Regarding a high content of parthenolide (5), the antiinflammatory and gastroprotective activities (3), we investigated the chemical composition of T. larvatum essential oil, originating from two locations in Montenegro to explore the possibility of the existence of any limiting factors in the use of this plants extract as an alternative remedy, especially for the prophylactics of migraine. We compared the qualitative and quantitative composition of the oil of the two samples to determine any differences between them, and also comment on the differences between the oil composition of T. larvatum and that of T. parthenium (feverfew) studied by Kalodjera et al. (6), Lawrence (7), Kostic et al. (8) and Hendriks et al. (9). To the best of our knowledge the oil of T. larvatum has not been studied previously.

Experimental

Source: Aerial parts of T. larvatum were collected in July 2002, during the period of full flowering from two locations in Montenegro: Mt. Komovi (Sample I) and Mt. Prokletije (Sample II), altitude ca. 1900 m. The plant material was identified in Institute of Botany and Botanical Garden “Jevremovac”, University of Belgrade. Specimens have been deposited in the Herbarium of Botanical Garden “Jevremovac”, University of Belgrade, No. 10702 and 20702, respectively.

Oil isolation: The oils of each sample of T. larvatum were separately obtained by hydrodistillation using a Clevenger-type apparatus, according to the Proceeding I of the Yugoslavian Pharmacopoeia IV (10). Each oil was subjected to qualitative and quantitative analysis by GC and GC/MS, on the two different capillary columns.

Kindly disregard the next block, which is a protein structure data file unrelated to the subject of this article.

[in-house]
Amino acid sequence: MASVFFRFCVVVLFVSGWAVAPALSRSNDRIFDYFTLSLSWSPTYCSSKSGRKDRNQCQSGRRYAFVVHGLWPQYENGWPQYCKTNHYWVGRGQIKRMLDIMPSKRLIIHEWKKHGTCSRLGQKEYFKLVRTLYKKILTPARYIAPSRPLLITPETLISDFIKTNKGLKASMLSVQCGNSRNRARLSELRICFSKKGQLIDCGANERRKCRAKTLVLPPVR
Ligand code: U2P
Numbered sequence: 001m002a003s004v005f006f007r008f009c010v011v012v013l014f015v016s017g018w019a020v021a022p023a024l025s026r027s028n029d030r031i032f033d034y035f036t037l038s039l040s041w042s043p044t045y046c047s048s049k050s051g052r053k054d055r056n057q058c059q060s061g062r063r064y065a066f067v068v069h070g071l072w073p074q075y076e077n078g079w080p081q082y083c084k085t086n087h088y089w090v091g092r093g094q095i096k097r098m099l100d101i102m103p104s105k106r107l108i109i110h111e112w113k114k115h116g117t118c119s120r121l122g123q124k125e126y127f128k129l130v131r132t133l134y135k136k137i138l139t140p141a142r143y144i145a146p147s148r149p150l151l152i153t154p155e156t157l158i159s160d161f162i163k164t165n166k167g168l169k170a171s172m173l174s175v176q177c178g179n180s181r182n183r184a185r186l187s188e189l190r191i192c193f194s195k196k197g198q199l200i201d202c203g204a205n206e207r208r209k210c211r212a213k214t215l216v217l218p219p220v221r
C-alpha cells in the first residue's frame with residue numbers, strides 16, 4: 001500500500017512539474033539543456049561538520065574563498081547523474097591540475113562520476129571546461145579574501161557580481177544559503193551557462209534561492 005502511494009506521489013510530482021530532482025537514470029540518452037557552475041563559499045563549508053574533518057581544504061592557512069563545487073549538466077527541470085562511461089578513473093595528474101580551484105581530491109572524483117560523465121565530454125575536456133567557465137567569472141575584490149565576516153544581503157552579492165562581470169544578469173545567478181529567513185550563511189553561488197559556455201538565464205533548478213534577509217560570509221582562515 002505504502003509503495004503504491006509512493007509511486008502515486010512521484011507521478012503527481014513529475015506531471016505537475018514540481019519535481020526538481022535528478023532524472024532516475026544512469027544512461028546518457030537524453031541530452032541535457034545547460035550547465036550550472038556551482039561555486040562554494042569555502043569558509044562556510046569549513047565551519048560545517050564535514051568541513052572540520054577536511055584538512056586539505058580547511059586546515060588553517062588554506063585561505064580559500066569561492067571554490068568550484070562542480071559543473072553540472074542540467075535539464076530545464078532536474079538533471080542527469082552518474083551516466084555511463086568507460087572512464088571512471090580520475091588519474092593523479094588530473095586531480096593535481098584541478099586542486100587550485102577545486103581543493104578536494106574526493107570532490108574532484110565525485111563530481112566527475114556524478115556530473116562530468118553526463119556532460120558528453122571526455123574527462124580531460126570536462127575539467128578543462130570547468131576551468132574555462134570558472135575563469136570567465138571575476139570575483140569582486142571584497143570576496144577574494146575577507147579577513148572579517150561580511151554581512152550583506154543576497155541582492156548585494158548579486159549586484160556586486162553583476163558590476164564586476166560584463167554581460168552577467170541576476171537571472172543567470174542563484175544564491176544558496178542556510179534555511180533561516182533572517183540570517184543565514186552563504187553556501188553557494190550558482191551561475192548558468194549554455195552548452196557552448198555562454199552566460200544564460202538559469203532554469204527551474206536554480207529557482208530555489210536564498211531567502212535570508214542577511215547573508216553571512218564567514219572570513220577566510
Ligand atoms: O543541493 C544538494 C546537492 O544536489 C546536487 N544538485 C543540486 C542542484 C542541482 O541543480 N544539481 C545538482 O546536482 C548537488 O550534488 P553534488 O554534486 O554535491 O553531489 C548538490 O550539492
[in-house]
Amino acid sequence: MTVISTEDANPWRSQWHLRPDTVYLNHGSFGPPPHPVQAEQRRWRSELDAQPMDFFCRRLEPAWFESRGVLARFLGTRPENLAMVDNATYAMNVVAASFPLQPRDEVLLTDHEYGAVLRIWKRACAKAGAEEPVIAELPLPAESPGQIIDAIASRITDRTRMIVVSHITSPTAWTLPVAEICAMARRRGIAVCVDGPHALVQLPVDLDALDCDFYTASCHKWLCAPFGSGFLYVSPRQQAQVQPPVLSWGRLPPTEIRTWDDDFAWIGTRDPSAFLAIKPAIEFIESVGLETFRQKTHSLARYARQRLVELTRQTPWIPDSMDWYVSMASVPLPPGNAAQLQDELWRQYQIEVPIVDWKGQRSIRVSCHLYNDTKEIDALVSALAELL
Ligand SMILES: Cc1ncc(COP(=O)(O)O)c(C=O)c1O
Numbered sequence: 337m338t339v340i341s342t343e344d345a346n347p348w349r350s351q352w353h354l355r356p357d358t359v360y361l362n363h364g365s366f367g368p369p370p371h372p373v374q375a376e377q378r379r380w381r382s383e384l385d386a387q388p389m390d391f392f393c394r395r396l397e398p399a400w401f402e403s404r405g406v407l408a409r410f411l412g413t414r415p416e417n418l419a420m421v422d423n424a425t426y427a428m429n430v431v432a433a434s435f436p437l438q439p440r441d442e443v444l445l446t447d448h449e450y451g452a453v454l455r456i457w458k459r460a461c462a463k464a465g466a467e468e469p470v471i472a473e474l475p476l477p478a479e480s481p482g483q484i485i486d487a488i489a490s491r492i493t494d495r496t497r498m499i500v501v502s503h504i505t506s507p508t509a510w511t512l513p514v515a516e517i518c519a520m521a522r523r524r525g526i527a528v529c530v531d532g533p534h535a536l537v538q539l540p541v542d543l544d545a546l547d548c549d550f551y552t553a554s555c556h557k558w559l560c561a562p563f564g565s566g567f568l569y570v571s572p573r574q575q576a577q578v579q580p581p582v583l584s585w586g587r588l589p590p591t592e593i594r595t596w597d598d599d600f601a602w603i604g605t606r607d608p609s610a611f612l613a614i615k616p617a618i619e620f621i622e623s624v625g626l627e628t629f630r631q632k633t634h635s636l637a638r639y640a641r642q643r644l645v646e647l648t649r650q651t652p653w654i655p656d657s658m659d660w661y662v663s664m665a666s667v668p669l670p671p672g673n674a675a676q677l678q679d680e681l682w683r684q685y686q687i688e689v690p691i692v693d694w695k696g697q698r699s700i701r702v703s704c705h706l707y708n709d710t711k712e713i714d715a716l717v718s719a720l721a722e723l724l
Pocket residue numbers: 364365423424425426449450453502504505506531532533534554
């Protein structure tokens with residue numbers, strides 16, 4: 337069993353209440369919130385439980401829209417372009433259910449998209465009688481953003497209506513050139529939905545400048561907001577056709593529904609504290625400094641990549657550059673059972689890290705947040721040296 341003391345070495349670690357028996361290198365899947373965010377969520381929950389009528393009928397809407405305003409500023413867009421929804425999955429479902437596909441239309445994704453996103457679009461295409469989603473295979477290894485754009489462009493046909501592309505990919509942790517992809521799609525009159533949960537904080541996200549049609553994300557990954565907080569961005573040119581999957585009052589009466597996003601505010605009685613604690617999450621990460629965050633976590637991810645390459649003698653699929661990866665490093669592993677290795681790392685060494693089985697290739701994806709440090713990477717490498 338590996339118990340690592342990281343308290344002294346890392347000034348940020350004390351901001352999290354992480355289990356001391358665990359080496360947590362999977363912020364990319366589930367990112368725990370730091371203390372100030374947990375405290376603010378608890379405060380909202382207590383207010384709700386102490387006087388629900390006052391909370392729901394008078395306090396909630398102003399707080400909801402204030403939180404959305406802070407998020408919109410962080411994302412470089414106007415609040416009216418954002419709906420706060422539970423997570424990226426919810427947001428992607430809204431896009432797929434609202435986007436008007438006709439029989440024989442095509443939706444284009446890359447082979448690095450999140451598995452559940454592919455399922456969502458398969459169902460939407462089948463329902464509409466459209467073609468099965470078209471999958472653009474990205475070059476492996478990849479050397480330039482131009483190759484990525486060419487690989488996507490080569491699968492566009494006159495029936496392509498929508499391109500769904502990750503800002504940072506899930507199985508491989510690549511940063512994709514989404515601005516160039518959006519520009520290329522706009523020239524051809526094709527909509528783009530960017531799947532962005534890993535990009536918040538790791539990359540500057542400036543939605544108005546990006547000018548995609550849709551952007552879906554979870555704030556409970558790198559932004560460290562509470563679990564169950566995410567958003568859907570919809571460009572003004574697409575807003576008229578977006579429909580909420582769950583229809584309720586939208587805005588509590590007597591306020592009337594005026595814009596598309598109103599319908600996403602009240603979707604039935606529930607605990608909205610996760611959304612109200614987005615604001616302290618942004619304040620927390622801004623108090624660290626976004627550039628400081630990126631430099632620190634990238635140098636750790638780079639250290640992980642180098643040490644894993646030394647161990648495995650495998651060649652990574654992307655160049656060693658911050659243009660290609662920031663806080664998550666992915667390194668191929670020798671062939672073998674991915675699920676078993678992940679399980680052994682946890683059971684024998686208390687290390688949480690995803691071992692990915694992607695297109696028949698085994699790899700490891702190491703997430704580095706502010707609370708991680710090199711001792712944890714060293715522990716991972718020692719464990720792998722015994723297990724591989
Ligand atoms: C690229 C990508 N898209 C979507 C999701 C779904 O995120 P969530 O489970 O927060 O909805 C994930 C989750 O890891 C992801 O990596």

Oil analysis: The GC analysis was carried out on a gas chromatograph HP 5890 series II, fitted with FID (300°C), split/spiritless injector (250°C) and column ULTRA 1 (cross-linked methylsilicone gum, 0.32 mm; length 25 m), carrier gas H^sub 2^ at 1 mL/min. The temperature program was 40°-280°C (2°C/min). GC/MS analysis was performed using a HP 5890 series II gas chromatograph with MS-detector HP 5971 A, operating at 70 eV, equipped with a split/splittless injector (250°C) and a 50 m x0.2 mm PONA-cross-linked methylsilicone gum column (film thickness 0.5 µm). Working conditions: injector temperature 250°C, detector temperature 280°C, column temperature 40°C (2 min), oven temperature 40°-260°C (heating rate 4°C/min) and then isothermal for 15 min. Carrier gas H^sub 2^, EI, 70 eV.

The identification of each compound was carried out by comparison of RRT and MS-data bank (NBS Library/Wiley) (11-15). The percentage composition of the oil (Table I) was computed from GC (FID) peak areas without using response factor correction.

Results and Discussion

The aerial parts of T. larvatum yielded 0.3% and 0.2% of a yellowish oil (Sample I and Sample II, respectively).